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Feminism and disability rights are both about questioning social norms and removing obstacles to equal access. They look at social constructions of the body, identity and public space. What does ‘normal’ look like – and is there such a thing, or have we subconsciously agreed on an ideal that doesn’t actually fit the majority? To what extent should individuals change to fit with society, and in what ways should society itself evolve to meet different needs? What does an inclusive society look like?

We’ll look at how feminist analysis has helped illuminate some of the social institutions and cultural obstacles that impede the rights of people with a disability, just as disability activism has informed feminism. And we’ll find out how feminists with a disability express their identities, fight for their rights, and envisage a society that works for us all.


This discussion will be Auslan interpreted. If you’re attending and require Auslan interpretation, please contact Wheeler Centre reception in advance of the event so we can reserve seating for you near the interpreter.

You can find out more about accessibility at our events here.

Featuring

Jax Jacki Brown

Jax Brown (they/them) is an esteemed disability and LGBTQIA+ rights activist, writer, educator and consultant. Their tireless commitment to LGBTIQA+ disability human rights and advocacy has been recognised with a Medal of the Order of Australia (OAM). Jax utilises their experience as a queer, trans... Read more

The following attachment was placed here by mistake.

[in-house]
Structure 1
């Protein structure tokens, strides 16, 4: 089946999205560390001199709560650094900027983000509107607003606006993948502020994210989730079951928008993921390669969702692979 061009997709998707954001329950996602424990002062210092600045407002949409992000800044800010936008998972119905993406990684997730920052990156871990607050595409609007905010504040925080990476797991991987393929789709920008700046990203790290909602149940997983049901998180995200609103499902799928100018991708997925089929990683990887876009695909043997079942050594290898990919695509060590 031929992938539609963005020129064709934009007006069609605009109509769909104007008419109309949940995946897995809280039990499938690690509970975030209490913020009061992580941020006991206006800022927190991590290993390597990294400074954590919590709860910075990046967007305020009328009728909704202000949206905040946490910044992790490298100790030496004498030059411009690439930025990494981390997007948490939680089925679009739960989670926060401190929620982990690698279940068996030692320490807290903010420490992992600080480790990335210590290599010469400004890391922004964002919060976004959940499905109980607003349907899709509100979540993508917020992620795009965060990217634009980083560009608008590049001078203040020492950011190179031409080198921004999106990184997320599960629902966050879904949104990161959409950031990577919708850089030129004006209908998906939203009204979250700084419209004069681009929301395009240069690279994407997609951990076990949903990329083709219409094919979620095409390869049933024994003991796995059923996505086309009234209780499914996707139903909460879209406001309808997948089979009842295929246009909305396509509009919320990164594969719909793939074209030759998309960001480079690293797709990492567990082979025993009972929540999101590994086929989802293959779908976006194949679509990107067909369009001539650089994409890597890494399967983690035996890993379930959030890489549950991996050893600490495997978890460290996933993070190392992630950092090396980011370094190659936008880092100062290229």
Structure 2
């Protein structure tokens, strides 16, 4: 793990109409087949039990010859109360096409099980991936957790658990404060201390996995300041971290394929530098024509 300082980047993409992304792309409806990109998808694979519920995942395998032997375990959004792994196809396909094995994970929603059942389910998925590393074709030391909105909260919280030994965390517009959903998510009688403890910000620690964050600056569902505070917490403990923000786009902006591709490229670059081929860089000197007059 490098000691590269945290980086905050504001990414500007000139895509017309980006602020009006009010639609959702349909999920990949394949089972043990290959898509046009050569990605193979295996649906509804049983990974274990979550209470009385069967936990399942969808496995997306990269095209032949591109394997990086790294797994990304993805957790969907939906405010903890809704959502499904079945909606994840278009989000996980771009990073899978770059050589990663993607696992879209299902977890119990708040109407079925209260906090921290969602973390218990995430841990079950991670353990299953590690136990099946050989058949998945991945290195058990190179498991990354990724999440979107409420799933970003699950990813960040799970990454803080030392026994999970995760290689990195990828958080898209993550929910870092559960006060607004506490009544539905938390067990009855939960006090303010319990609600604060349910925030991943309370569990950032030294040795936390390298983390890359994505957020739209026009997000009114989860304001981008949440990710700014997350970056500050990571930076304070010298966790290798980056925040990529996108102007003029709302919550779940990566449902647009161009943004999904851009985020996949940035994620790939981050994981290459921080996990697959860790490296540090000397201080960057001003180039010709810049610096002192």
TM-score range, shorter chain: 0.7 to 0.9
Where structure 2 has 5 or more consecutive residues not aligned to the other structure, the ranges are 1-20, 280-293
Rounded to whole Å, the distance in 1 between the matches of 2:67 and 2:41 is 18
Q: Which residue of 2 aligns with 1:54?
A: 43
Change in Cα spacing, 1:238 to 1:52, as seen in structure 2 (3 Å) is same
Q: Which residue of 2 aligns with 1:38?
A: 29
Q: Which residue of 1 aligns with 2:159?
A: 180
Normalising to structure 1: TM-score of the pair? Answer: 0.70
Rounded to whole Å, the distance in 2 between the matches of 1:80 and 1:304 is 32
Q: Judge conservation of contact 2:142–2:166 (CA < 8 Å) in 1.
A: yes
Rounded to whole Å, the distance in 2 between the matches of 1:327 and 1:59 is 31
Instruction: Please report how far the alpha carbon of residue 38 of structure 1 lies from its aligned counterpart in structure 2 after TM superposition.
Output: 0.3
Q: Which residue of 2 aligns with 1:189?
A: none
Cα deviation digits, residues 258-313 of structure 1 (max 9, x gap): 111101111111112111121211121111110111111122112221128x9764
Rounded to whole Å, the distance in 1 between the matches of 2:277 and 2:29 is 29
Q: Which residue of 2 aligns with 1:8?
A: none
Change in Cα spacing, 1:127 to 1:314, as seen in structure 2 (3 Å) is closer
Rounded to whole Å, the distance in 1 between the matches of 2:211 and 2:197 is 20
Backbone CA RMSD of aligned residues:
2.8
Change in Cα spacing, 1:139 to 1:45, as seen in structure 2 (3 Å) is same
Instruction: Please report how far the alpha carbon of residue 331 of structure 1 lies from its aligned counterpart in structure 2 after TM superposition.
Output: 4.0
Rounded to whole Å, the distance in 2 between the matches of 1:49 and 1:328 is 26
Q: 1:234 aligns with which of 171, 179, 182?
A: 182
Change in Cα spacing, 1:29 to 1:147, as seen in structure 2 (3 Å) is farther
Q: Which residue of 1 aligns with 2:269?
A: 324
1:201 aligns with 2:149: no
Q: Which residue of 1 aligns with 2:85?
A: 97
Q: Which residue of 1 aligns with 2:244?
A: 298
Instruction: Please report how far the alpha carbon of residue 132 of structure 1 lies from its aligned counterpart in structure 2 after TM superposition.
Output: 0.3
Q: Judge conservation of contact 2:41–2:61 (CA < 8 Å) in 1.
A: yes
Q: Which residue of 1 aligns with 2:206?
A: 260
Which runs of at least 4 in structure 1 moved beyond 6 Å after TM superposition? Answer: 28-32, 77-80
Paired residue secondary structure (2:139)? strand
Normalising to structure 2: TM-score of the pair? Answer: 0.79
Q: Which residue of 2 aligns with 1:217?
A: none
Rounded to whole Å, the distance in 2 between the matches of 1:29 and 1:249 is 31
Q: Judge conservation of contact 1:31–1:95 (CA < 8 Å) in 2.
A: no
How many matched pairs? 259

Maxine Beneba Clarke

Maxine Beneba Clarke is the author of the acclaimed memoir The Hate Race, the award-winning short fiction collection Foreign Soil, the poetry collections Carrying The World and How Decent Folk Behave, and many other books for adults and children. Her forthcoming poetry collection is It’s The S... Read more

Naomi Chainey

Naomi Chainey is a freelance writer and filmmaker with a focus on feminism and disability rights. She has a degree in media studies.

Jessica Knight

Jessica Knight is a writer based in Melbourne.

Kath Duncan

Kath Duncan is a 50-something writer, activist and raconteur with many decades of feminist and disability pride under her belt. Kath works in social media, and has a background in journalism and teaching communications. 

Location

The Wheeler Centre

176 Little Lonsdale Street Melbourne Victoria 3000

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The Wheeler Centre acknowledges the Wurundjeri Woi Wurrung people of the Kulin Nation as the Traditional Owners of the land on which the Centre stands. We acknowledge and pay our respects to all Aboriginal and Torres Strait Islander peoples and their Elders, past and present, as the custodians of the world’s oldest continuous living culture.